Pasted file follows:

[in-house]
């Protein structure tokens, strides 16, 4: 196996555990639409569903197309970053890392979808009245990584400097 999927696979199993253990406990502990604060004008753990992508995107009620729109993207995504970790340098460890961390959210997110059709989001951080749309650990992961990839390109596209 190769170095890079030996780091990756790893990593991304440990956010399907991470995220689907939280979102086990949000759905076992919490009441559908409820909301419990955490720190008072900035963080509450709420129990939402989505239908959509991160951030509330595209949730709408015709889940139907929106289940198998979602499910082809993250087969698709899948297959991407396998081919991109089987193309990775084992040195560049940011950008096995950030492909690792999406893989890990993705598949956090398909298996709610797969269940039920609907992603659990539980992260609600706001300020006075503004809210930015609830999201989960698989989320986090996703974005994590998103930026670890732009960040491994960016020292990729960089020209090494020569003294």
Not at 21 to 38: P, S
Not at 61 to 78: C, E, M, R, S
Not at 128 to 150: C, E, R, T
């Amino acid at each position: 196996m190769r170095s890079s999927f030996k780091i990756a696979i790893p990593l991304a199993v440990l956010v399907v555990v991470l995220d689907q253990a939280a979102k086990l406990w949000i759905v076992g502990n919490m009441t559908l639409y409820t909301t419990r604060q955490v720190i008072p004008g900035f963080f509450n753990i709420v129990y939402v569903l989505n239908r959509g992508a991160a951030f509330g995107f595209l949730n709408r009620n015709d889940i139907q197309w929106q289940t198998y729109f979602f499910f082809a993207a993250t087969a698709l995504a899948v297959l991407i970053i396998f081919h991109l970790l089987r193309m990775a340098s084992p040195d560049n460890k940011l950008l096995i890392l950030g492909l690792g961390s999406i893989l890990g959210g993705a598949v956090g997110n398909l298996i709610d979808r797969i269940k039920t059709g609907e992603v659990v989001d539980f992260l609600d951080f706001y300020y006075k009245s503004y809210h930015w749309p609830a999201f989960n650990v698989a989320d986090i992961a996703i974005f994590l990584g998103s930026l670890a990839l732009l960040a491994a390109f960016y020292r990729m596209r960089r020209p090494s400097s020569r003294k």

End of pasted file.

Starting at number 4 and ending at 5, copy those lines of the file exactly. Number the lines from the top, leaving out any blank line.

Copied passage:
Not at 61 to 78: C, E, M, R, S
Not at 128 to 150: C, E, R, T